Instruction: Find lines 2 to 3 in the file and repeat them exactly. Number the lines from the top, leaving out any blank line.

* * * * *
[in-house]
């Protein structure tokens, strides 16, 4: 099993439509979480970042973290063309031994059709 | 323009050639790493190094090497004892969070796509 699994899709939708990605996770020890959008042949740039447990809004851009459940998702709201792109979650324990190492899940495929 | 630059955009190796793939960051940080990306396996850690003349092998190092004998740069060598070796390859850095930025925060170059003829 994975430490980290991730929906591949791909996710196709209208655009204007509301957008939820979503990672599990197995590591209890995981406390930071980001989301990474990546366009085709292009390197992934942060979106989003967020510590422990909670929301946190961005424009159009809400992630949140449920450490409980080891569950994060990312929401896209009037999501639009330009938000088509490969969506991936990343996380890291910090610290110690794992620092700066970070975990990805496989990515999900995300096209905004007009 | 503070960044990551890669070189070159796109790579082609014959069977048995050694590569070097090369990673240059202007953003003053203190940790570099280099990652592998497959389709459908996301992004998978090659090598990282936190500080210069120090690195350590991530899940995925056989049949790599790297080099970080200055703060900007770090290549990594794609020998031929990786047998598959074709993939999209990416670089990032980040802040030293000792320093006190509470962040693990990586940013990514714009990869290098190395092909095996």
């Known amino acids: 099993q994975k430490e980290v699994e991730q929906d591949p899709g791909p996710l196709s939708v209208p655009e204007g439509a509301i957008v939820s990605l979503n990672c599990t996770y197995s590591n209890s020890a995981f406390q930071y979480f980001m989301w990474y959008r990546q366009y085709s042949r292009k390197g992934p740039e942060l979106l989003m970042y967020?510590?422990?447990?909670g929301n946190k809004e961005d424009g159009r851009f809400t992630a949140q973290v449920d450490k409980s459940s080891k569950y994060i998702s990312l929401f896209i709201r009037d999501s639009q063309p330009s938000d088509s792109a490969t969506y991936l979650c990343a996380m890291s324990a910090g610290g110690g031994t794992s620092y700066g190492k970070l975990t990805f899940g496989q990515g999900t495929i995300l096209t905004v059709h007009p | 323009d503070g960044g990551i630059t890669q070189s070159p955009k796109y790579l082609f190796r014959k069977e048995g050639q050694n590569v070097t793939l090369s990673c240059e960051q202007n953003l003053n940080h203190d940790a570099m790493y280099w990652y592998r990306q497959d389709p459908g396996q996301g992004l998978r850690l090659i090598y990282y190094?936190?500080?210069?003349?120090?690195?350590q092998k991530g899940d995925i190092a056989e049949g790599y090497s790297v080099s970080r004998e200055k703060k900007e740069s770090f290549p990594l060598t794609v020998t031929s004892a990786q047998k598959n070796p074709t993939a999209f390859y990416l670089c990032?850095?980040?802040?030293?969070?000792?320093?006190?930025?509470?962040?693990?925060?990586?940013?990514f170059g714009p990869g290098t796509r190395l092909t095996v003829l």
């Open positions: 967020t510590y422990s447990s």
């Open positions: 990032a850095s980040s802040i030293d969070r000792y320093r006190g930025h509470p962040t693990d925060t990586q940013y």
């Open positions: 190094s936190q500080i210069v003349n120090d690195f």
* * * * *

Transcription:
């Protein structure tokens, strides 16, 4: 099993439509979480970042973290063309031994059709 | 323009050639790493190094090497004892969070796509 699994899709939708990605996770020890959008042949740039447990809004851009459940998702709201792109979650324990190492899940495929 | 630059955009190796793939960051940080990306396996850690003349092998190092004998740069060598070796390859850095930025925060170059003829 994975430490980290991730929906591949791909996710196709209208655009204007509301957008939820979503990672599990197995590591209890995981406390930071980001989301990474990546366009085709292009390197992934942060979106989003967020510590422990909670929301946190961005424009159009809400992630949140449920450490409980080891569950994060990312929401896209009037999501639009330009938000088509490969969506991936990343996380890291910090610290110690794992620092700066970070975990990805496989990515999900995300096209905004007009 | 503070960044990551890669070189070159796109790579082609014959069977048995050694590569070097090369990673240059202007953003003053203190940790570099280099990652592998497959389709459908996301992004998978090659090598990282936190500080210069120090690195350590991530899940995925056989049949790599790297080099970080200055703060900007770090290549990594794609020998031929990786047998598959074709993939999209990416670089990032980040802040030293000792320093006190509470962040693990990586940013990514714009990869290098190395092909095996």
């Known amino acids: 099993q994975k430490e980290v699994e991730q929906d591949p899709g791909p996710l196709s939708v209208p655009e204007g439509a509301i957008v939820s990605l979503n990672c599990t996770y197995s590591n209890s020890a995981f406390q930071y979480f980001m989301w990474y959008r990546q366009y085709s042949r292009k390197g992934p740039e942060l979106l989003m970042y967020?510590?422990?447990?909670g929301n946190k809004e961005d424009g159009r851009f809400t992630a949140q973290v449920d450490k409980s459940s080891k569950y994060i998702s990312l929401f896209i709201r009037d999501s639009q063309p330009s938000d088509s792109a490969t969506y991936l979650c990343a996380m890291s324990a910090g610290g110690g031994t794992s620092y700066g190492k970070l975990t990805f899940g496989q990515g999900t495929i995300l096209t905004v059709h007009p | 323009d503070g960044g990551i630059t890669q070189s070159p955009k796109y790579l082609f190796r014959k069977e048995g050639q050694n590569v070097t793939l090369s990673c240059e960051q202007n953003l003053n940080h203190d940790a570099m790493y280099w990652y592998r990306q497959d389709p459908g396996q996301g992004l998978r850690l090659i090598y990282y190094?936190?500080?210069?003349?120090?690195?350590q092998k991530g899940d995925i190092a056989e049949g790599y090497s790297v080099s970080r004998e200055k703060k900007e740069s770090f290549p990594l060598t794609v020998t031929s004892a990786q047998k598959n070796p074709t993939a999209f390859y990416l670089c990032?850095?980040?802040?030293?969070?000792?320093?006190?930025?509470?962040?693990?925060?990586?940013?990514f170059g714009p990869g290098t796509r190395l092909t095996v003829l």